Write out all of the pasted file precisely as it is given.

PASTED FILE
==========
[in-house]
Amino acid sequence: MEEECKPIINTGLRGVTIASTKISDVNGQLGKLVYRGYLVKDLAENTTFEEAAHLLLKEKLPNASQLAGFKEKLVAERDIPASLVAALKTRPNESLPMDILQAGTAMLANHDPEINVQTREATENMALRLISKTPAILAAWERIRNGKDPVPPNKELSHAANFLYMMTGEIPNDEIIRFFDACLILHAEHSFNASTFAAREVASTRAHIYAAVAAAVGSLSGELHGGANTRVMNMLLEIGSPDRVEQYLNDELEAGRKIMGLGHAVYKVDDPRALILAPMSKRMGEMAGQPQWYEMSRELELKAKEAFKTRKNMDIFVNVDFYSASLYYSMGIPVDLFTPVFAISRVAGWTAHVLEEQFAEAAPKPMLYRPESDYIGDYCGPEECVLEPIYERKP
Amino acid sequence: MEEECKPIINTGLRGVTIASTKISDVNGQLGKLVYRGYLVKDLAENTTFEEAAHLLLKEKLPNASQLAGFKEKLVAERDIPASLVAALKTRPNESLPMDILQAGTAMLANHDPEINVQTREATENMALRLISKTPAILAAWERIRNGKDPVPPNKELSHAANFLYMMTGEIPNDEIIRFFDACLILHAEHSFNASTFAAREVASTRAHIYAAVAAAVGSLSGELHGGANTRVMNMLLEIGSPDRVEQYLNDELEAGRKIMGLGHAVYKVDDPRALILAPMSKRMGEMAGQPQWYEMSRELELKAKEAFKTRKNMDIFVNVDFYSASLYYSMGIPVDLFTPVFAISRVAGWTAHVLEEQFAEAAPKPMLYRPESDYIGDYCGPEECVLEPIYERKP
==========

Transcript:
[in-house]
Amino acid sequence: MEEECKPIINTGLRGVTIASTKISDVNGQLGKLVYRGYLVKDLAENTTFEEAAHLLLKEKLPNASQLAGFKEKLVAERDIPASLVAALKTRPNESLPMDILQAGTAMLANHDPEINVQTREATENMALRLISKTPAILAAWERIRNGKDPVPPNKELSHAANFLYMMTGEIPNDEIIRFFDACLILHAEHSFNASTFAAREVASTRAHIYAAVAAAVGSLSGELHGGANTRVMNMLLEIGSPDRVEQYLNDELEAGRKIMGLGHAVYKVDDPRALILAPMSKRMGEMAGQPQWYEMSRELELKAKEAFKTRKNMDIFVNVDFYSASLYYSMGIPVDLFTPVFAISRVAGWTAHVLEEQFAEAAPKPMLYRPESDYIGDYCGPEECVLEPIYERKP
Amino acid sequence: MEEECKPIINTGLRGVTIASTKISDVNGQLGKLVYRGYLVKDLAENTTFEEAAHLLLKEKLPNASQLAGFKEKLVAERDIPASLVAALKTRPNESLPMDILQAGTAMLANHDPEINVQTREATENMALRLISKTPAILAAWERIRNGKDPVPPNKELSHAANFLYMMTGEIPNDEIIRFFDACLILHAEHSFNASTFAAREVASTRAHIYAAVAAAVGSLSGELHGGANTRVMNMLLEIGSPDRVEQYLNDELEAGRKIMGLGHAVYKVDDPRALILAPMSKRMGEMAGQPQWYEMSRELELKAKEAFKTRKNMDIFVNVDFYSASLYYSMGIPVDLFTPVFAISRVAGWTAHVLEEQFAEAAPKPMLYRPESDYIGDYCGPEECVLEPIYERKP